Front Street Shipyard's in-house design team is collaborating with yacht designer Bill Tripp to develop a new line of modern sloops that are now available for construction.
The shipyard said the line includes 84-foot, 102-foot and 112-foot yachts that are performance-oriented with a range of interior options. The composite sailboat line is positioned as a competitive new option for new construction at the shipyard's Belfast, Maine, facility.
The concepts, interior designs and exterior styling of the new yacht line have been developed in-house at the shipyard with naval architecture provided by Tripp Design Naval Architecture of Connecticut and Amsterdam in the Netherlands. The collaboration between the yard and design firm grew out of a shared desire to generate more new construction opportunities in America.
"We've long hoped that we'll have an opportunity to build new yachts with Bill Tripp, whose designs are renowned worldwide," shipyard president JB Turner said in a statement. "We'd like to grow the new-build side of our yard with projects from talented engineering and design firms like Bill's."
The shipyard said the 84-foot and 102-foot designs primarily feature flush decks, yet have an aggressive, low-profile deckhouse aft of the mast in an effort to bring additional light to the living areas. The 112-foot sloop is a pilothouse boat.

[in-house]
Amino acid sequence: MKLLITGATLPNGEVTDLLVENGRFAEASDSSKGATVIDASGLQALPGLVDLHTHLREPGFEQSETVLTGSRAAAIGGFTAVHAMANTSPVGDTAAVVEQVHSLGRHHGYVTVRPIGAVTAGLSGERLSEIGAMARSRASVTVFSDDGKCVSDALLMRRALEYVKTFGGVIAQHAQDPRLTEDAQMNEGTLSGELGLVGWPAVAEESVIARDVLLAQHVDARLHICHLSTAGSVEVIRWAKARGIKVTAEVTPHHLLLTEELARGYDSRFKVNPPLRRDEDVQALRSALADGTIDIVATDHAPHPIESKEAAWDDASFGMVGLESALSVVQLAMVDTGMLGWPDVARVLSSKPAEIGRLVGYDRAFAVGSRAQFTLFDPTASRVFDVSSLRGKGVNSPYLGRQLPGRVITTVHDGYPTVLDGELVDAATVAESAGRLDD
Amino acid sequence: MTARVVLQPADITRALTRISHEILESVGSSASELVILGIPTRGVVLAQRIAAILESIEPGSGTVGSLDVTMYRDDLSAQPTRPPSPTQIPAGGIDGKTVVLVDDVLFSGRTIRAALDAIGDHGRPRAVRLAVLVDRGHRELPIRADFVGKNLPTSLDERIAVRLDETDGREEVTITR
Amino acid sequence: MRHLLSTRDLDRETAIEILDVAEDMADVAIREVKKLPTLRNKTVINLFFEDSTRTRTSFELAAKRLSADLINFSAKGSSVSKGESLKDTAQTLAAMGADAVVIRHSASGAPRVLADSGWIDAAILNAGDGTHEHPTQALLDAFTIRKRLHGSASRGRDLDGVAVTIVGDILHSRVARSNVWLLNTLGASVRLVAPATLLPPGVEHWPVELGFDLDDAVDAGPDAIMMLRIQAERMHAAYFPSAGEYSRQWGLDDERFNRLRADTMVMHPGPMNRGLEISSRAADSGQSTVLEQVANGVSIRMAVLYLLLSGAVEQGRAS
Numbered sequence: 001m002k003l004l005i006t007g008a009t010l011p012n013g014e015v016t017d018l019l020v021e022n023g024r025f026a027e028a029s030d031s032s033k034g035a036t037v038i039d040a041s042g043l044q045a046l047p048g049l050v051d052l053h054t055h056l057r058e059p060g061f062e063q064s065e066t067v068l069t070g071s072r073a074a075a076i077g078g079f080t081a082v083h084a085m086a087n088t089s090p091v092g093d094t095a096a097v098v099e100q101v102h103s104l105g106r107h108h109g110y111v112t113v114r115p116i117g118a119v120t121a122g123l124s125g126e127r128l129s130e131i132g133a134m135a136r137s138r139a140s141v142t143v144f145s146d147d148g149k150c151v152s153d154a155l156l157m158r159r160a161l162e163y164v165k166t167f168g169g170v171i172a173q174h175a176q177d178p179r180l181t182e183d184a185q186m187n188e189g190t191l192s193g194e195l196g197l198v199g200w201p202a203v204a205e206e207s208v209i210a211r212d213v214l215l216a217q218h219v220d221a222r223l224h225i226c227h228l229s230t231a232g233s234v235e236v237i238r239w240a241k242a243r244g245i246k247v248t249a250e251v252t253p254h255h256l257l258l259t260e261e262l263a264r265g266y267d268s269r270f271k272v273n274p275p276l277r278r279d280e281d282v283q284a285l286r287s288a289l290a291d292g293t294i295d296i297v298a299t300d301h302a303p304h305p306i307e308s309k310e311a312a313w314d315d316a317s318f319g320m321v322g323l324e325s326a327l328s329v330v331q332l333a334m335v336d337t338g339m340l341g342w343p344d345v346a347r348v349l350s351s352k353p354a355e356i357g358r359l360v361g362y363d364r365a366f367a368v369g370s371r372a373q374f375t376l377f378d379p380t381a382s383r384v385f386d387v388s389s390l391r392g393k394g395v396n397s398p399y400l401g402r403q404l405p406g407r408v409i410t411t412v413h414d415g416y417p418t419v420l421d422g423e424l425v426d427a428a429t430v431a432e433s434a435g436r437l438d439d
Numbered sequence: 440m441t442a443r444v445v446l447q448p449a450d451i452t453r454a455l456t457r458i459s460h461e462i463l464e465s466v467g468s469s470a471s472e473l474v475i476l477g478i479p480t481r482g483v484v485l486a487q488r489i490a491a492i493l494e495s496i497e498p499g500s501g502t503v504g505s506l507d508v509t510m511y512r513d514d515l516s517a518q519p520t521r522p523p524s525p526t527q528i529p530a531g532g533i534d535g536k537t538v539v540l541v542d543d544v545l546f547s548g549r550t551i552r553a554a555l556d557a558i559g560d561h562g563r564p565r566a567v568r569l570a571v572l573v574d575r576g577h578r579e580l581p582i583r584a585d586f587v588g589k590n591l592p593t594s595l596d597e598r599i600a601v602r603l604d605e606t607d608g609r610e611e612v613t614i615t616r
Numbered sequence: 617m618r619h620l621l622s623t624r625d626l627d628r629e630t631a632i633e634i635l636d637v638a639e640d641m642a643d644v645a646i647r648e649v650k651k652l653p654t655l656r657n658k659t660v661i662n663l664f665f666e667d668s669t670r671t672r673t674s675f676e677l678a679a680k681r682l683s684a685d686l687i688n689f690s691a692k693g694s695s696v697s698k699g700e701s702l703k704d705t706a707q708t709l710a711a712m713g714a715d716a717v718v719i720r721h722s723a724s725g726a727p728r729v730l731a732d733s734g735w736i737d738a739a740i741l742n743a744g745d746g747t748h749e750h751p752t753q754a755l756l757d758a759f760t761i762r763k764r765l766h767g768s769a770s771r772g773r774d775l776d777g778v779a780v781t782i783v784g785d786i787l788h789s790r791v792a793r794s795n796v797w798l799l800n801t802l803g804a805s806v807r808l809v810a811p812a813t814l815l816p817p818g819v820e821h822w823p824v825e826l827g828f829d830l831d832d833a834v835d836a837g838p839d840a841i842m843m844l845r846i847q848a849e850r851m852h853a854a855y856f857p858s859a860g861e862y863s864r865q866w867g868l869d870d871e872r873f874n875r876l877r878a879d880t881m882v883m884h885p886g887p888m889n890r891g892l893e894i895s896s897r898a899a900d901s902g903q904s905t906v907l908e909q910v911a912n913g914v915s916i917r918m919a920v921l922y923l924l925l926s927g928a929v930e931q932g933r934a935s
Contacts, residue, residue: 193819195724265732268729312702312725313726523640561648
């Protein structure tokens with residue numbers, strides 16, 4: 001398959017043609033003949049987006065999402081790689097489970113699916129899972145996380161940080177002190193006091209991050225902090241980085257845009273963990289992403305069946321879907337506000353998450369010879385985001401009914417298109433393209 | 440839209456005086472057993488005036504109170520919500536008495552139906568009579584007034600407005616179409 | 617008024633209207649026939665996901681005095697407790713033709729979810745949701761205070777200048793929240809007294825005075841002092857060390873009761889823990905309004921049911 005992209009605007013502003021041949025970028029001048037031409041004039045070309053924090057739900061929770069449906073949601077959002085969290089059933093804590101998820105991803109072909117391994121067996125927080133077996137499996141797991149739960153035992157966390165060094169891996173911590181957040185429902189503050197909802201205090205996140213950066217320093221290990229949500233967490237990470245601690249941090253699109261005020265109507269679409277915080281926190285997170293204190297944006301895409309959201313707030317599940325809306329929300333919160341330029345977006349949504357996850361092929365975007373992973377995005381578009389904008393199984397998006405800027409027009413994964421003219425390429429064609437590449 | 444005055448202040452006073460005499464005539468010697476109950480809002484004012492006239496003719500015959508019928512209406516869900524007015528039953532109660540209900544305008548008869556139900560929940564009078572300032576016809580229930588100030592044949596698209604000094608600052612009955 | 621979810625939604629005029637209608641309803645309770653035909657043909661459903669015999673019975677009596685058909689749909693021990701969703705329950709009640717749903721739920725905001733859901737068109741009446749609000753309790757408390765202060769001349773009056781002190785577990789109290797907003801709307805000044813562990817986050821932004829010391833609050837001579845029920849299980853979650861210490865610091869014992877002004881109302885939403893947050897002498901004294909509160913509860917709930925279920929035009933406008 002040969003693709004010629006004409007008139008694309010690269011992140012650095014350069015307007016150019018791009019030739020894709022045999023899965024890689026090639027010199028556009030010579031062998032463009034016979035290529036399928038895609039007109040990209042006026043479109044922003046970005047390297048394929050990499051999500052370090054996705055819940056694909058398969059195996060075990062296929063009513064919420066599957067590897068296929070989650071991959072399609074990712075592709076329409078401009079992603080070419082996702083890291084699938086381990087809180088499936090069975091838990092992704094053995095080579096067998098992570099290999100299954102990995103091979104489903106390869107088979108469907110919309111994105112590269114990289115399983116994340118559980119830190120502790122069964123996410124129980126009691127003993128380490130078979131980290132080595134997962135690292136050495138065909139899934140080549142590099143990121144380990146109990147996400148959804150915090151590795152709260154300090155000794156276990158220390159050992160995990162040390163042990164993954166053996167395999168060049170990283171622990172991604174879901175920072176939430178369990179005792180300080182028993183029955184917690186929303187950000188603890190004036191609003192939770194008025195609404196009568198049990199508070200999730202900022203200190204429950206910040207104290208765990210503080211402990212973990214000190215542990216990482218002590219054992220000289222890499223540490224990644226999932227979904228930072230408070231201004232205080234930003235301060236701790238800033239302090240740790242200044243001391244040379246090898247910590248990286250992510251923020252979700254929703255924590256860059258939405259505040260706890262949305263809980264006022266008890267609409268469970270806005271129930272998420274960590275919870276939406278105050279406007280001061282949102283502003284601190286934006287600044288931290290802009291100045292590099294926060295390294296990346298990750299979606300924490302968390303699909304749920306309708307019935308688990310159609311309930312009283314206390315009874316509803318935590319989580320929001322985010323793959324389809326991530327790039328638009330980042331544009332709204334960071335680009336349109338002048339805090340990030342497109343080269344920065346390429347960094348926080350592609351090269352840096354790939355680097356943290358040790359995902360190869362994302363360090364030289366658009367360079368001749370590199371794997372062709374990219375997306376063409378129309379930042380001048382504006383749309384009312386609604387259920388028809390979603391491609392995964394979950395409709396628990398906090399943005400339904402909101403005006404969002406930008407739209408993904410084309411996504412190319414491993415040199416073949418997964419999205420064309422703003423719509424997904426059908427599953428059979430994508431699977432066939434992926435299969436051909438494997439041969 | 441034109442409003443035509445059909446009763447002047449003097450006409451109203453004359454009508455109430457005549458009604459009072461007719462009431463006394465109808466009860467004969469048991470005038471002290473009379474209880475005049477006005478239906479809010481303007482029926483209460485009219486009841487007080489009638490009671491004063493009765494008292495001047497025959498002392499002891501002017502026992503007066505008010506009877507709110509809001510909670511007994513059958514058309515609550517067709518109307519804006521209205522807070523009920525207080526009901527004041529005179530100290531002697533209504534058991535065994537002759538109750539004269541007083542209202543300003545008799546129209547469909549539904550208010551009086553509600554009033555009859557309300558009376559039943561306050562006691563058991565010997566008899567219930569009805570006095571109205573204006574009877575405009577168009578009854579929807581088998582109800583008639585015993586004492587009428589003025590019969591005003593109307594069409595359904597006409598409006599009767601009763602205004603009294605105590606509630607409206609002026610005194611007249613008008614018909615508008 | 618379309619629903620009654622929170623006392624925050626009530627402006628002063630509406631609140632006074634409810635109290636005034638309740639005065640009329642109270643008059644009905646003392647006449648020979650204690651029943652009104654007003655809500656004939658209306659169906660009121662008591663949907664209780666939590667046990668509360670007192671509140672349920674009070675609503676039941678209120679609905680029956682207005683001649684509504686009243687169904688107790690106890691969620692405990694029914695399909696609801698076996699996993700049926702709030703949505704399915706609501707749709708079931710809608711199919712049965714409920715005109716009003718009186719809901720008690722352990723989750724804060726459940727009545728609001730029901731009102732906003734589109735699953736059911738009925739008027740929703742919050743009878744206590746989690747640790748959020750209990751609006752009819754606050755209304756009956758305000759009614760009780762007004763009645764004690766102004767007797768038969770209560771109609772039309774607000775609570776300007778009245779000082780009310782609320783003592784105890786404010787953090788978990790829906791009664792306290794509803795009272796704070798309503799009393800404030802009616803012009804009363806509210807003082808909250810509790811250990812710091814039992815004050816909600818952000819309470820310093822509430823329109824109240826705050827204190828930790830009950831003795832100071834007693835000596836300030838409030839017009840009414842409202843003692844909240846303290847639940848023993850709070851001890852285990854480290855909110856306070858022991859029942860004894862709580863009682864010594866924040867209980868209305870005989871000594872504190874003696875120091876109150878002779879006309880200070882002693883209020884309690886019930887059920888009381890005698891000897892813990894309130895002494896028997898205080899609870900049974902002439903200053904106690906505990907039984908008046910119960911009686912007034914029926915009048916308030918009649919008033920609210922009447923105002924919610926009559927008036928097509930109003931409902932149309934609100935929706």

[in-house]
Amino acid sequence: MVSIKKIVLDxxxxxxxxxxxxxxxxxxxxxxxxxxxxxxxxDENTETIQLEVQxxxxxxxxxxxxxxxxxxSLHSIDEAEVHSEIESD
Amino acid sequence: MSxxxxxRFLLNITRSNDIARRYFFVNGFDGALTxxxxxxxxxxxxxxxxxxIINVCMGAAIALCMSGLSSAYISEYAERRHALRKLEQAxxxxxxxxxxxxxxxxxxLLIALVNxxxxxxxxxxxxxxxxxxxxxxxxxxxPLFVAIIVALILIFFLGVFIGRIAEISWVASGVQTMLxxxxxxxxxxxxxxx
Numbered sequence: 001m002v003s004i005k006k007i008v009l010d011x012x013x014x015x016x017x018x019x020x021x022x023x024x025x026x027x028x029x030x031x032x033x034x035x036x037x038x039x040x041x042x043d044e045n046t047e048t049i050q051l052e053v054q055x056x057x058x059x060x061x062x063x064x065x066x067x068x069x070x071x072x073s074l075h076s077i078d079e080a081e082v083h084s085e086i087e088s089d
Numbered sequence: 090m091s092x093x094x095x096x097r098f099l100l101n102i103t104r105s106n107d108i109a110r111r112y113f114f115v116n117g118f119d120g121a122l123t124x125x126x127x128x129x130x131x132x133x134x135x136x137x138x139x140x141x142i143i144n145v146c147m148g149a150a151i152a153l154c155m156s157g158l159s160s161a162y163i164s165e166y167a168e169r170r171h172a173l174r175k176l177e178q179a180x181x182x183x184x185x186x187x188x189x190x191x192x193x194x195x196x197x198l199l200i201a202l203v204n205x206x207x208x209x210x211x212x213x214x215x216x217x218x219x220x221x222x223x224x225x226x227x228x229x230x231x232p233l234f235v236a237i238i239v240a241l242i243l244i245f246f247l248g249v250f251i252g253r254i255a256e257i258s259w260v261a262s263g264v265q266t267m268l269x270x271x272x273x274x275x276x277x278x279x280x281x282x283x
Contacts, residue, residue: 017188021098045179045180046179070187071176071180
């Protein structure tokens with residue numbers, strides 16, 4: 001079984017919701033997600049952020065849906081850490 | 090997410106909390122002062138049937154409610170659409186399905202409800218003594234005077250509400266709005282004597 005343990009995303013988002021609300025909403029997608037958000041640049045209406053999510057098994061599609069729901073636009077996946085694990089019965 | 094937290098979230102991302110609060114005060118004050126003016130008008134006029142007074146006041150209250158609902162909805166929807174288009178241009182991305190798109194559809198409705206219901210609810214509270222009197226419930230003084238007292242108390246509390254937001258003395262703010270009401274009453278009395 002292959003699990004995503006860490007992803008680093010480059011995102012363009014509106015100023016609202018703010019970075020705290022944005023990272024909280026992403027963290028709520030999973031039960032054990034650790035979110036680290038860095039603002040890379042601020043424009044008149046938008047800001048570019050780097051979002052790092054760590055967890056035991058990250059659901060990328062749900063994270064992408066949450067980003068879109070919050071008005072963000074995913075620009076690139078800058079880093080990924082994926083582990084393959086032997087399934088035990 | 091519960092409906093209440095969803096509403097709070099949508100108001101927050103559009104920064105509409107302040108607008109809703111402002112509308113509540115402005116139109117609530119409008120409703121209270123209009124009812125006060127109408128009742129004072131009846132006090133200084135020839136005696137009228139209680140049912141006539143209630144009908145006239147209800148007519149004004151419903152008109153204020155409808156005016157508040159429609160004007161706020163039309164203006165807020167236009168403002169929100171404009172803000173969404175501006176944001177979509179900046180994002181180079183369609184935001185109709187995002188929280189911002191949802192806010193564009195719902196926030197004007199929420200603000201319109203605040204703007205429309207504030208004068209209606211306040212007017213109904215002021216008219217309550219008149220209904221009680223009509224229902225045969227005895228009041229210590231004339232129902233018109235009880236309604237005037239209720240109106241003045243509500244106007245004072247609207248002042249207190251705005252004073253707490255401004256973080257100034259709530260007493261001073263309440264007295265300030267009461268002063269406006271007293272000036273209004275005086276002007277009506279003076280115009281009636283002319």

The shipyard said all three models include a central social cockpit protected by the deckhouse and an aft sailing cockpit. There are multiple interior layouts, depending on the owner's expectations.
The sailing systems on the shipyard's newest designs are hydraulic, with carbon-fiber rig packages. Twin headstay furlers provide a working jib on the inner stay and a reaching sail on the outer stay. There is a bowsprit to handle a Code Zero or Alpha sail, and the mainsail has in-boom furling. All winches are hydraulic self-tailing or captive, depending on the model size.
The shipyard said Tripp Design will provide all necessary engineering, as well as advanced design of rigs, hulls and appendages.
The shipyard will construct the yachts using modern advanced composite techniques with milled female tooling for hulls and male tooling for decks and infused laminates.